A Writer Comes HomeBy Cathlene SmithSaturday, September 12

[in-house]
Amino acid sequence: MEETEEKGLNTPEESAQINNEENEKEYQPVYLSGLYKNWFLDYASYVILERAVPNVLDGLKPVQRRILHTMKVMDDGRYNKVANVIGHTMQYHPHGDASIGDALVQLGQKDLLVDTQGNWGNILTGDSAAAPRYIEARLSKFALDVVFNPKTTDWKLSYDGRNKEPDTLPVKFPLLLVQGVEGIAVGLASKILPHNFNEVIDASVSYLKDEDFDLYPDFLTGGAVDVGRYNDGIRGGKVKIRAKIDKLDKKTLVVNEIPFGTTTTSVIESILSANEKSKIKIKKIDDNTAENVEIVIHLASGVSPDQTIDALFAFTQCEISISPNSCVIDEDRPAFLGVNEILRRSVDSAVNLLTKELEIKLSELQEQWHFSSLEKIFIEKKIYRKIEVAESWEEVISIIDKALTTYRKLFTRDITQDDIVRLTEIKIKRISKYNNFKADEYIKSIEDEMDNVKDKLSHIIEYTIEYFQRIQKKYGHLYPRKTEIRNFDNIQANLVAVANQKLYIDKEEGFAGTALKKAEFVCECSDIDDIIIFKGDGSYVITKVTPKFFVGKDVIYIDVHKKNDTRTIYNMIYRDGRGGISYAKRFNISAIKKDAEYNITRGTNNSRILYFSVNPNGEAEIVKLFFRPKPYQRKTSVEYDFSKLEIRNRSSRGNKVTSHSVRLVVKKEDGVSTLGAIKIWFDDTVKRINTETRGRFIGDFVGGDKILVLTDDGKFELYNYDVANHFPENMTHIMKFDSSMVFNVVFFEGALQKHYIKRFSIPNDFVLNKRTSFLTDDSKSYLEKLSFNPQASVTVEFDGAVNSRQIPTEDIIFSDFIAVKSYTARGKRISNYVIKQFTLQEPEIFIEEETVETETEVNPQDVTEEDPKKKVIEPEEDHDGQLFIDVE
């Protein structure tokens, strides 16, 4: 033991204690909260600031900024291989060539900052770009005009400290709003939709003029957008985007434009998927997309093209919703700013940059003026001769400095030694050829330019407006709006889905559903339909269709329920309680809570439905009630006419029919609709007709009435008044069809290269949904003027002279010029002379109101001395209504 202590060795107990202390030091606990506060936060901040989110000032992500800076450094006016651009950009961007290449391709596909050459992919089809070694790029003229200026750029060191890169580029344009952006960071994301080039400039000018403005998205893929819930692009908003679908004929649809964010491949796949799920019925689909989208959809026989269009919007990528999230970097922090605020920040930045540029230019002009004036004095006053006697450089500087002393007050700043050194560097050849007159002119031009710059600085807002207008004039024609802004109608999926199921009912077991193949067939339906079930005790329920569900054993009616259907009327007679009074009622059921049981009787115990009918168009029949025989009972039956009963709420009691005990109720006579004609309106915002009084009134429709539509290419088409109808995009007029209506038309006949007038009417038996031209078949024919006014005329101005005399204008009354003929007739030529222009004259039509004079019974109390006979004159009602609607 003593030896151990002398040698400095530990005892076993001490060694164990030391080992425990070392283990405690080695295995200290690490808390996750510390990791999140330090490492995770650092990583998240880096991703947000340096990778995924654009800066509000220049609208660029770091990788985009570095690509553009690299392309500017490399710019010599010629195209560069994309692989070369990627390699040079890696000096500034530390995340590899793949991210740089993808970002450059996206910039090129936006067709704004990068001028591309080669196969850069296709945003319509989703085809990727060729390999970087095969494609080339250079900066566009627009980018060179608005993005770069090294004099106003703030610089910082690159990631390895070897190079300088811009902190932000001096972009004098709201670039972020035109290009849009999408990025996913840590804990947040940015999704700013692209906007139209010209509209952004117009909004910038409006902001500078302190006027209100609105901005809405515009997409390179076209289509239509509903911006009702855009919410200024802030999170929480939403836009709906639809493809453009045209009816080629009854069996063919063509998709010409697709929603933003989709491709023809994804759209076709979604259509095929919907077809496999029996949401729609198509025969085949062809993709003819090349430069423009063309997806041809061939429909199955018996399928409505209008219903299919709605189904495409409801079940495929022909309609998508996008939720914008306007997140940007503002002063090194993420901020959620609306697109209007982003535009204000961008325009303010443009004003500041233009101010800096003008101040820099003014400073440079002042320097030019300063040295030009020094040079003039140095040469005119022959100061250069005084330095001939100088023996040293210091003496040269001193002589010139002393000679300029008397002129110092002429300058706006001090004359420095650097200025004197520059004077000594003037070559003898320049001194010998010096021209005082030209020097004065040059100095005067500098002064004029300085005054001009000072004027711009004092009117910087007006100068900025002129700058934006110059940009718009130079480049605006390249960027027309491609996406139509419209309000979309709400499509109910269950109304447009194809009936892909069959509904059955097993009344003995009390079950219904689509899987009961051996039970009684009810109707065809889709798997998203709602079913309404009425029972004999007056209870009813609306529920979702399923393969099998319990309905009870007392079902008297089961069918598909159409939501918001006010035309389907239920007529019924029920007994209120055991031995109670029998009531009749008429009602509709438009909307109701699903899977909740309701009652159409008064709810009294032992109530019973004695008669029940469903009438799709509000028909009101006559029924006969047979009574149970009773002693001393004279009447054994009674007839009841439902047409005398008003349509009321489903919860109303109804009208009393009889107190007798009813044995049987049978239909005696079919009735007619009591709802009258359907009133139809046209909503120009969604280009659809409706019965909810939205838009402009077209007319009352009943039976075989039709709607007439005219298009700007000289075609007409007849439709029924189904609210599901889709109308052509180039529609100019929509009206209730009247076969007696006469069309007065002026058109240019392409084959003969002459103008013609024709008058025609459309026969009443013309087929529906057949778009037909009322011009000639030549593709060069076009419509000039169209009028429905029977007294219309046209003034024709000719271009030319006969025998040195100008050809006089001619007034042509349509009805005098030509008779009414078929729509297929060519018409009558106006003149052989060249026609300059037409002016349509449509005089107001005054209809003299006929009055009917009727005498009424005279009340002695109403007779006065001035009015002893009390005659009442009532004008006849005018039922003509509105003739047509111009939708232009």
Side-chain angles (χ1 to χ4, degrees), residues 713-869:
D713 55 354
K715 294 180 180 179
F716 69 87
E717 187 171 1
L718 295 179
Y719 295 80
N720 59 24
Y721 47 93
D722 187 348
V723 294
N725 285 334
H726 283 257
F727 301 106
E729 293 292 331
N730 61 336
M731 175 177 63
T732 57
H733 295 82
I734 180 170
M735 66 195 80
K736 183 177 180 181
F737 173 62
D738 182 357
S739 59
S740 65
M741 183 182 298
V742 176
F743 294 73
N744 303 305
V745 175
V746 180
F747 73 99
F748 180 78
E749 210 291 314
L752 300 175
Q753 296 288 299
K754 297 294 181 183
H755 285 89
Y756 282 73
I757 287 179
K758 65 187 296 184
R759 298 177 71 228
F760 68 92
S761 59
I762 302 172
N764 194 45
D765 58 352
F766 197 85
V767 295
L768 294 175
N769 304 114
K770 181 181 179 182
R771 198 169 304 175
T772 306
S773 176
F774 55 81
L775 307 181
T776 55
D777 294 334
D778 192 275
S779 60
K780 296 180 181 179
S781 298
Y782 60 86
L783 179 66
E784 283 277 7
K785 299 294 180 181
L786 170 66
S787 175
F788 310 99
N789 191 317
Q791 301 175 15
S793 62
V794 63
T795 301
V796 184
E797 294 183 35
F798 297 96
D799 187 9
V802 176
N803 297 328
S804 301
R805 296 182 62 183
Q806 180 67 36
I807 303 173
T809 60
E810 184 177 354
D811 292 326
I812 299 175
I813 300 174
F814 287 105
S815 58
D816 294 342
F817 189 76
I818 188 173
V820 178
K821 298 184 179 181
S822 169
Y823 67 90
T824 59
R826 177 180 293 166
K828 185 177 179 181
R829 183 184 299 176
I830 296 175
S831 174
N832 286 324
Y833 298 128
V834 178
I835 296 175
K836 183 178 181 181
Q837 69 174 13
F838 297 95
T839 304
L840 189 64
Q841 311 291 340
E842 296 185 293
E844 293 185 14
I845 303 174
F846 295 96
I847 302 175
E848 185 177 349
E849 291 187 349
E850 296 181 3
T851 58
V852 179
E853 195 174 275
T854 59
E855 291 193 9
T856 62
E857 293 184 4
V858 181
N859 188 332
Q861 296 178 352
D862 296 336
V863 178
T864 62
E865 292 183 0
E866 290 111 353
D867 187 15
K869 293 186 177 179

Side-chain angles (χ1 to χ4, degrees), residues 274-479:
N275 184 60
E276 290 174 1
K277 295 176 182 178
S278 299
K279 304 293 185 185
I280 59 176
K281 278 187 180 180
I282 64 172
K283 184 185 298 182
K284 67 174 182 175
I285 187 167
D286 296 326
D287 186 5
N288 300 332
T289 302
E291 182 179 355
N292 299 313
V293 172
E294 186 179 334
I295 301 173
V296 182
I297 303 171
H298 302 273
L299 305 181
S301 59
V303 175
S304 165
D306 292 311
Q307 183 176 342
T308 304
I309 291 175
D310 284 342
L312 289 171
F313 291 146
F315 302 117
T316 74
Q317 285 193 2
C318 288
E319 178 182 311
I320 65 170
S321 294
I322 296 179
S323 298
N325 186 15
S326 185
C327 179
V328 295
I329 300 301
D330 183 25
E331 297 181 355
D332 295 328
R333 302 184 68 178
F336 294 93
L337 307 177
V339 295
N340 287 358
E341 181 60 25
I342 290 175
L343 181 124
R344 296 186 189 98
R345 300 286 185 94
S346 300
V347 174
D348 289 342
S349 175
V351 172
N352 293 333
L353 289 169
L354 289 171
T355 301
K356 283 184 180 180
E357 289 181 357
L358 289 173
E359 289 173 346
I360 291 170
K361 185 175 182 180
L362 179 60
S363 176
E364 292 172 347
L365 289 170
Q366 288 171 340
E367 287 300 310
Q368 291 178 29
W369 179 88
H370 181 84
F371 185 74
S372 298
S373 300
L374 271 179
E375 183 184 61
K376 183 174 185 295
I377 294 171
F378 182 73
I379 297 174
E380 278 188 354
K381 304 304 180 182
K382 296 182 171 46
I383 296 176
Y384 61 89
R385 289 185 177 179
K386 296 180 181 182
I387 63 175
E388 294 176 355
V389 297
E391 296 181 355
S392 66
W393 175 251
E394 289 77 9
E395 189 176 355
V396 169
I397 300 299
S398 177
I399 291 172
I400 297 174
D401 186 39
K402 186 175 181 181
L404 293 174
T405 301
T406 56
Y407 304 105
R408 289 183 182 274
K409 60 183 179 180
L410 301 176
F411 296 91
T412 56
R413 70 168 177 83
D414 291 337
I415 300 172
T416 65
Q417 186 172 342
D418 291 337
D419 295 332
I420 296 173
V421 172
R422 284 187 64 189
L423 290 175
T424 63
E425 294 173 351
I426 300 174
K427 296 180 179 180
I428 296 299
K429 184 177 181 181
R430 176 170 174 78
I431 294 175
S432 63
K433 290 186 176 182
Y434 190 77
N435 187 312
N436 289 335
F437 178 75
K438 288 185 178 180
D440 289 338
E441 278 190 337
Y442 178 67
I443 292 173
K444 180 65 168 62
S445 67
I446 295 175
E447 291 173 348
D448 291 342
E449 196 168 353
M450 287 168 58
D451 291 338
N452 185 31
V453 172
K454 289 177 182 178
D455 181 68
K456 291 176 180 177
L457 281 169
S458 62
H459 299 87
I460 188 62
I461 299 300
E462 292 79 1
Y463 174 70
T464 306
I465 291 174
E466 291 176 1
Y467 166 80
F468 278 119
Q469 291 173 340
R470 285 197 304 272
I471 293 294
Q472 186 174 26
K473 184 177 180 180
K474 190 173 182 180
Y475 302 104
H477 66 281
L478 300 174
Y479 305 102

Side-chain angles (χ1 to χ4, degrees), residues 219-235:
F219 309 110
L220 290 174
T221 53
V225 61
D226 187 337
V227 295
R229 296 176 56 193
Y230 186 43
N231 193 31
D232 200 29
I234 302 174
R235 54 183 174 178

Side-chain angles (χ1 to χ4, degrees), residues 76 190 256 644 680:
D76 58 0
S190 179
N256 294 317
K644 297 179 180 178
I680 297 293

, 2009, I had the opportunity of a lifetime. I was slated todo a book signing at the Helper City Library; promoting my thriller, "Slivers of Reality." I had attended many book signings and readings in the previous months;but not in Helper.My excitement grew as my husband - Don, Mother - Rose Rachele Gillespie andSister- Jennifer Gillespie drove down Helper's Main Street. I reached back fortyyears to the days when I traveled this same path with my Dad - Dan Gillespie,Mom and Jen.Helper, population, 2025; 1.8 square miles, is not my place of birth; but it is mymother's. The Rachele family has graced this immigrant, mining and railroad townwith its: Swinging Bridge, Balancing Rock, and rich western history for decades.My Uncle Raymond, Aunt Shirley and Cousin Eldon still call this quaintsettlement, home. My precious Aunt Vee, or Iola Cobain as she was known tomost; was the Helper City Librarian for fifty-five plus years.Yes, while not my birthplace; Helper was always considered "home." My familyand I spent a few weeks every summer: lazing on the porch of my grandparentsSam and Rosina Rachele's house, listening to the sounds of train whistles. Weshopped at Cornet's Five and Dime where candy was truly a penny and paper kiteswere a ten cents. We drank sodas at Veltri's Drug, went to church at St. Anthony's,and traveled the eight miles to Price to Checkerboard Grocery to eat licorice whipsand gulp down Orange Nesbit; Uncle Guido refusing to take any money.Life was simple in Helper. You got up, watered the garden, swam at the old poolacross from my Aunt Helen and Uncle John Bradley's home, and helped Aunt Veeat the Helper City Library. I loved those memories, they flooded me as we arrivedfor my book signing.Amanda Holley, a young, attractive librarian with an adorable personality to match,went to much detail in preparing the event. A folding sign announcing my arrivalgreeted me. It stood under the watchful gaze of the enormous statue of the CoalMiner; affectionately named "Big John." Jenny and I used to run through his legsand sit on his enormous feet as we ate ice cream or popsicles; the drops of childhood hanging from our chins.